As Jeremy Scahill painstakingly details in his book Dirty Wars: The World Is A Battlefield, prior to September 11th, the Bush administration was headed in a similar direction as the Clinton administration with regard to covert assassinations. The CIA’s head at the time, George Tenet, had qualms about using drones for assassinations; who would pull the trigger? Were Americans even comfortable with such a program?
Even though Vice President Cheney and other neocons, like Paul Wolfowitz, were working behind the scenes, as they had been for years, to rid the executive agency from having to report to any agency or branch of government, the opportunity to enact sweeping changes didn’t come until after the September 11th attack.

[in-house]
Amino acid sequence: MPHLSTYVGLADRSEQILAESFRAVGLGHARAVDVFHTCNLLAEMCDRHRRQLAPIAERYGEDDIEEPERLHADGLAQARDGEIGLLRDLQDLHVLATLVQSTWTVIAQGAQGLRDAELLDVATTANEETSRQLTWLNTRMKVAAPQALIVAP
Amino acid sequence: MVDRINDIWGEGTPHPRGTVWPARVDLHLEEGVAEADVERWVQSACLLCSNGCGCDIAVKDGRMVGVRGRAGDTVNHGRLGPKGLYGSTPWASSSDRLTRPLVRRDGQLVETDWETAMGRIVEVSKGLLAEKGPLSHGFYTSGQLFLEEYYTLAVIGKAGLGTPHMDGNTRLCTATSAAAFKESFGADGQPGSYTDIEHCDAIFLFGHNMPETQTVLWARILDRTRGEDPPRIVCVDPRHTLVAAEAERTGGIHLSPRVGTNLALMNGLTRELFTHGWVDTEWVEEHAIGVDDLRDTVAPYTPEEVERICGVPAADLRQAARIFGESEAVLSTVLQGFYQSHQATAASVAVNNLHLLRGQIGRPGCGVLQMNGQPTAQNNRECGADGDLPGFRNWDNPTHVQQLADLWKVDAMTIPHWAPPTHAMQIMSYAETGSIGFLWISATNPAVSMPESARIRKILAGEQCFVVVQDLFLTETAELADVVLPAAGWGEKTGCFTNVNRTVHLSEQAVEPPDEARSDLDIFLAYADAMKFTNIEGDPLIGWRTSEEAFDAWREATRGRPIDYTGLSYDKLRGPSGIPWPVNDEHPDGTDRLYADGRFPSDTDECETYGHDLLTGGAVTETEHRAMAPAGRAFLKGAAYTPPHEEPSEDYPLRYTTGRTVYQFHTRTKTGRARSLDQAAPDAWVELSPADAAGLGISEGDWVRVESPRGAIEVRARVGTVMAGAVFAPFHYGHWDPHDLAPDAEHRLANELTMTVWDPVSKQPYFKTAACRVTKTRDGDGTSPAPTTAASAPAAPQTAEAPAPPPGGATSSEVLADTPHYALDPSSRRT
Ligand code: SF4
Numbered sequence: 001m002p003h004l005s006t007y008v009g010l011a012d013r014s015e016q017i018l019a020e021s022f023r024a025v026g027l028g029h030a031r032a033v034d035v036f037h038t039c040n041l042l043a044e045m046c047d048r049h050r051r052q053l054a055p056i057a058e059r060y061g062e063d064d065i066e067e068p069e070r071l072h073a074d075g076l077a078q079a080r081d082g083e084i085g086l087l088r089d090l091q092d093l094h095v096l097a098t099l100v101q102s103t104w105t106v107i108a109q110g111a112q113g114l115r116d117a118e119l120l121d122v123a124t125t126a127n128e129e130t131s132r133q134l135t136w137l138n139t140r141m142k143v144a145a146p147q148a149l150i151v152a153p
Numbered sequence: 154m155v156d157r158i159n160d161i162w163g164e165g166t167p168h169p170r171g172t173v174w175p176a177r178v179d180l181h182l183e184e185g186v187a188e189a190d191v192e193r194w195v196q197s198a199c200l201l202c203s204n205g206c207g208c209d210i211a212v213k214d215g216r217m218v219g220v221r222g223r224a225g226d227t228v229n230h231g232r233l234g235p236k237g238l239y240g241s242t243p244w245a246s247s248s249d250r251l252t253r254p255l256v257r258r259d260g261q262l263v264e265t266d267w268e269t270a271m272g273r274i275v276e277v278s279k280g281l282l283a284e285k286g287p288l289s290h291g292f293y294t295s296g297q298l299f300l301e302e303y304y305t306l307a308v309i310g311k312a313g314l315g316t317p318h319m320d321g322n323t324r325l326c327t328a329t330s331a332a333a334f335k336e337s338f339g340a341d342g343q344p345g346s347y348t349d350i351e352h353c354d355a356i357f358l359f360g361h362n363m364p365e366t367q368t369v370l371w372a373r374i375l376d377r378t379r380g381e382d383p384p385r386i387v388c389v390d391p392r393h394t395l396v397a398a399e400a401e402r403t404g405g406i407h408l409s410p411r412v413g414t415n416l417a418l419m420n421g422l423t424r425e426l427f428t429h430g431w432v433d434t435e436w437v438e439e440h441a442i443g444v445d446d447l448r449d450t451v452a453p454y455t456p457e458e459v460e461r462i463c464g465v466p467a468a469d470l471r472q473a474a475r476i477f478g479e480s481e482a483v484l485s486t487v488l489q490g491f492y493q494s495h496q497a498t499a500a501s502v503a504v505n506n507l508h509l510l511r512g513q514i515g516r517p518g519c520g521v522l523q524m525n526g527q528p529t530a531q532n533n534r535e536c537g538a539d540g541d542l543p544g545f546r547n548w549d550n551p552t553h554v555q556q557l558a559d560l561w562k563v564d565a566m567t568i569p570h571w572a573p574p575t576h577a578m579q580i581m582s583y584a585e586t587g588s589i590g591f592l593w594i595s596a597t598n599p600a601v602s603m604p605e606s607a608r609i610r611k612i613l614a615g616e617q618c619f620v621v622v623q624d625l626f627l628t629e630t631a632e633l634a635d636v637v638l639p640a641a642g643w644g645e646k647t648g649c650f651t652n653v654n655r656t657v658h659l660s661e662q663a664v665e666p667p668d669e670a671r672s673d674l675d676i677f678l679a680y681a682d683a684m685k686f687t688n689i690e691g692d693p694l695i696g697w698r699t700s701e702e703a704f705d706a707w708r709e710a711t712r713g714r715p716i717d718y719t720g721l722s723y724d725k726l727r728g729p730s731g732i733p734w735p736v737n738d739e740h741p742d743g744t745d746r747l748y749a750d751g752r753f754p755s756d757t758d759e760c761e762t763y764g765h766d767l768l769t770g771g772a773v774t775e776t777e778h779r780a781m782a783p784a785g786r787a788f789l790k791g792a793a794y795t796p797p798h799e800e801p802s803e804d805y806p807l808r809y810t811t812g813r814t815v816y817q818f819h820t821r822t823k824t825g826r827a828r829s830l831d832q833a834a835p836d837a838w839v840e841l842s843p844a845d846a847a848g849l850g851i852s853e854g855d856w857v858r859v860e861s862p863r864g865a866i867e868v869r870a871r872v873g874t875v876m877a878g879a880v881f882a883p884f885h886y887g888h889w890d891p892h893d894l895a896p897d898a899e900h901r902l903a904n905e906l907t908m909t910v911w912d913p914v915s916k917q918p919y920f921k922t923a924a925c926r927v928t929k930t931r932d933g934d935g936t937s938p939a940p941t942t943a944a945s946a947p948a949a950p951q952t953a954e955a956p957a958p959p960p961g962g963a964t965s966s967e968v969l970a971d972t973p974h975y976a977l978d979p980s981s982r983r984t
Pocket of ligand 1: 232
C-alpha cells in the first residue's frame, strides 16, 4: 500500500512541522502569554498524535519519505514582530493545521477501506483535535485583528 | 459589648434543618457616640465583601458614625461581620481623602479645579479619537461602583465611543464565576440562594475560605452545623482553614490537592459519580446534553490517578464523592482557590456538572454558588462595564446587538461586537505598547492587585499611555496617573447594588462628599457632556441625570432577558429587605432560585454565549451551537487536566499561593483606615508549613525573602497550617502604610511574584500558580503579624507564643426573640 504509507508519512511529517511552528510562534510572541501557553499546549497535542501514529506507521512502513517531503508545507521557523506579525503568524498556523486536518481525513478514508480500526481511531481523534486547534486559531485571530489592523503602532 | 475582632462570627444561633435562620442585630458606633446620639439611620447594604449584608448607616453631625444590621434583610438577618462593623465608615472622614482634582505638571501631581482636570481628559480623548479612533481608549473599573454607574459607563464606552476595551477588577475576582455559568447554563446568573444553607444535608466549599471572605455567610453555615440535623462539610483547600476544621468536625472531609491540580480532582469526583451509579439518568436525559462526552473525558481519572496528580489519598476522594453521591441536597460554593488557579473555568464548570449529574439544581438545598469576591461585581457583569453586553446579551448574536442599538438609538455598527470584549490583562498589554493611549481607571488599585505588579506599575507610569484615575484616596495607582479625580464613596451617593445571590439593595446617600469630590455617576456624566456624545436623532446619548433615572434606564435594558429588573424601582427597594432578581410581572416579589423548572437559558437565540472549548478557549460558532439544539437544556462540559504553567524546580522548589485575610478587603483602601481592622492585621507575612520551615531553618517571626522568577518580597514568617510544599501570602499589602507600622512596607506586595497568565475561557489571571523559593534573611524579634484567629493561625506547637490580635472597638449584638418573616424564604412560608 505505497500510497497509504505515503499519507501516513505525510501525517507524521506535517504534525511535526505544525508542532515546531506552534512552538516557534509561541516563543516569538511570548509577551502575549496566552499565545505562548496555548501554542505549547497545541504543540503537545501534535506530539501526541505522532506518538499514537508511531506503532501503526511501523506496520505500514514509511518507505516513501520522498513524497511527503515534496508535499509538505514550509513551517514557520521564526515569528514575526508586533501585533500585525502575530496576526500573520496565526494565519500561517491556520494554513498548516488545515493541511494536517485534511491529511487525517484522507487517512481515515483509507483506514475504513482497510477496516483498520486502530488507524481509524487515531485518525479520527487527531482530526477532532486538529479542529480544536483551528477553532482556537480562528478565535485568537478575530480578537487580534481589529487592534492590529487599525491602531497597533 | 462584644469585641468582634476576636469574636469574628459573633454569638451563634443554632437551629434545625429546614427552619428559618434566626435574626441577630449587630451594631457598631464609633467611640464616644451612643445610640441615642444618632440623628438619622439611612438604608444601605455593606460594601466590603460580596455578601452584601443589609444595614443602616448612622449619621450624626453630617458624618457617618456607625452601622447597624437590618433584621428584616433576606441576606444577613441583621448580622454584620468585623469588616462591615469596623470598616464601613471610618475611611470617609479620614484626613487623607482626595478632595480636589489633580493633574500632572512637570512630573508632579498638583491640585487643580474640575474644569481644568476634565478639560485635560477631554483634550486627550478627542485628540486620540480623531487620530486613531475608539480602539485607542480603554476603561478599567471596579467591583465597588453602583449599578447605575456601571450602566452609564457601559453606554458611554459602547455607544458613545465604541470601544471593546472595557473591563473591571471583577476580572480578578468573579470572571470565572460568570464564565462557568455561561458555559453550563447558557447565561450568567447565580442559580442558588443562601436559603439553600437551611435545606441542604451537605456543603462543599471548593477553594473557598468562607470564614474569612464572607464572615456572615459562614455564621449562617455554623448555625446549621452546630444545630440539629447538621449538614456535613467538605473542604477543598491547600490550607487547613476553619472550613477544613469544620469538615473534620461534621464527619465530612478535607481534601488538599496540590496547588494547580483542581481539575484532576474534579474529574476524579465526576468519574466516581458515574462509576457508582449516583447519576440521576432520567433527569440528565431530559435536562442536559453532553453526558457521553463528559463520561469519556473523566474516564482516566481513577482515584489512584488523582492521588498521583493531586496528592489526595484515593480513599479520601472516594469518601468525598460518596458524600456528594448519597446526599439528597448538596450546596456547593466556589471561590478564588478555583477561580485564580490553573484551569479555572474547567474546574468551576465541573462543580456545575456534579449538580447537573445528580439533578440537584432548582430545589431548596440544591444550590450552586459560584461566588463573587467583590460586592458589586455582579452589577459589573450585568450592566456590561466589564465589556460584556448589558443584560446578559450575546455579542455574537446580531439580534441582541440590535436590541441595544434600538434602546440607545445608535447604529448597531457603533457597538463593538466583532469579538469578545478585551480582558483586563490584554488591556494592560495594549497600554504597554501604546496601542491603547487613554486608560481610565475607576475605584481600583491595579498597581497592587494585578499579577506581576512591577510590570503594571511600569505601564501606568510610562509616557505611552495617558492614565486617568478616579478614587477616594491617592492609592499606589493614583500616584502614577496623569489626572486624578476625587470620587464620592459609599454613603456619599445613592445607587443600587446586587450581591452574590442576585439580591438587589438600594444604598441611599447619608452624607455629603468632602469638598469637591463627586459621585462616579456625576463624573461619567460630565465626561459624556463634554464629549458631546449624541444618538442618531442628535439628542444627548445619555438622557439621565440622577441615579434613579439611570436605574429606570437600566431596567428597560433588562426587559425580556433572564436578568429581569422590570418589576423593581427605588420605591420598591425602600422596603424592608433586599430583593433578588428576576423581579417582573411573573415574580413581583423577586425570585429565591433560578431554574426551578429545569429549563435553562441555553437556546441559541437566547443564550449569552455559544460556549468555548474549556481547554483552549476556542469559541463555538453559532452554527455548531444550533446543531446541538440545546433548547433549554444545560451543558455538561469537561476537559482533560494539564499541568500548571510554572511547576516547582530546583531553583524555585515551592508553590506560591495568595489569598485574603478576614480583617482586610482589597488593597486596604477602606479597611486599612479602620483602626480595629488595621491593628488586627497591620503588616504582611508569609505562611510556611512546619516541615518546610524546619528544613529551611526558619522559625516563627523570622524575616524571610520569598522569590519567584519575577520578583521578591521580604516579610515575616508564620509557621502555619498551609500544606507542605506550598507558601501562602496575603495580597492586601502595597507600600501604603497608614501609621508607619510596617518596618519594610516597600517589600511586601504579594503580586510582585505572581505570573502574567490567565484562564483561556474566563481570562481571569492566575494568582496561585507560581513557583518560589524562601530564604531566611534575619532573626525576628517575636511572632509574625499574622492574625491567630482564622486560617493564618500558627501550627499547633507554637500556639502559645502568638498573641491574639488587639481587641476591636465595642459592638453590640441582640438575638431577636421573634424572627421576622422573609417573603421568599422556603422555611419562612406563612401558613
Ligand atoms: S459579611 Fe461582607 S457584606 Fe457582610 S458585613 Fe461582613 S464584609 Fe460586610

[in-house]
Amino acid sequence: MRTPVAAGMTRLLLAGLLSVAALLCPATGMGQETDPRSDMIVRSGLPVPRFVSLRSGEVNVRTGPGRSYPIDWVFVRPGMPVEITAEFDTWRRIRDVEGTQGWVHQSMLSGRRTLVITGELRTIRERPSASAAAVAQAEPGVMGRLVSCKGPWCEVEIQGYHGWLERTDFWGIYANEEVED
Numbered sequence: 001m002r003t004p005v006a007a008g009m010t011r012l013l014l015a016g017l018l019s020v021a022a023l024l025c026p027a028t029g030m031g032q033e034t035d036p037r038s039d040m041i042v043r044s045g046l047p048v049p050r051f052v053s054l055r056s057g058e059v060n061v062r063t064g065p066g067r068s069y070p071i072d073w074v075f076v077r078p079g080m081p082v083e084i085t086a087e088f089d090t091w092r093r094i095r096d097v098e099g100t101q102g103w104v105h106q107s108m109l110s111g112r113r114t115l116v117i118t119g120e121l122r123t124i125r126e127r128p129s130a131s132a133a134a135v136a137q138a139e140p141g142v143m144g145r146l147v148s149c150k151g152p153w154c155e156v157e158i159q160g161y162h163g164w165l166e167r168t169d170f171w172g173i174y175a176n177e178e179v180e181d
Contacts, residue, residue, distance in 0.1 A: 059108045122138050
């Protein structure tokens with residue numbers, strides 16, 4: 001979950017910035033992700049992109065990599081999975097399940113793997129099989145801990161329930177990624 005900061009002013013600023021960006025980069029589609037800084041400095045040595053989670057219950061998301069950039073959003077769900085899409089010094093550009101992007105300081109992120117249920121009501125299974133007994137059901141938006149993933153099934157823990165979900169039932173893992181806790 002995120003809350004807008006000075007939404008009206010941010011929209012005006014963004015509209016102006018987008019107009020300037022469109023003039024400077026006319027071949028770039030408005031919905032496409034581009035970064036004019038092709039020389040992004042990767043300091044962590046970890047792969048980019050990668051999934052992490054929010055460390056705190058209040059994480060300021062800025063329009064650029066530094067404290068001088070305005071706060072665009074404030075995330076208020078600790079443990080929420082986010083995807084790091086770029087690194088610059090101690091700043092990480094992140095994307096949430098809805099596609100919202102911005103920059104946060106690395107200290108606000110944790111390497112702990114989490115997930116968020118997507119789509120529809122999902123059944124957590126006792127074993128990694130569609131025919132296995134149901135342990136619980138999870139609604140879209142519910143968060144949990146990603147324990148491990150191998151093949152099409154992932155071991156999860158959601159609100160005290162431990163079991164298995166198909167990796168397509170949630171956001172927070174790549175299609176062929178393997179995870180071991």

Only days after the terrorist attack, the Bush administration proposed the Authorization for Use of Military Force (AMF), giving Bush sweeping authority to go after those who’d been behind the terrorist attacks.
Over the decade preceding the terrorist attack, a strict process had been put in place to oversee covert operations, and the Constitution gave power to declare war to the Congress. But the AMF changed all that, giving Bush the “latitude to wage a global war.”
As is common for American politicians, most of them tucked their tails when faced with the shredding of the Constitution and sang “God Bless America” outside of the U.S. Capitol. Only Congresswoman Barbara Lee (D-CA) stood against this radical overreach of the executive branch.
While her other CBC members looked on in knee buckling fear, Lee stood alone against the Bush administration and every other member of Congress. On this Memorial Day, she should be remembered for the courage she showed at that moment.
Watch the speech where Lee, on the House floor, explained her opposition to the bill: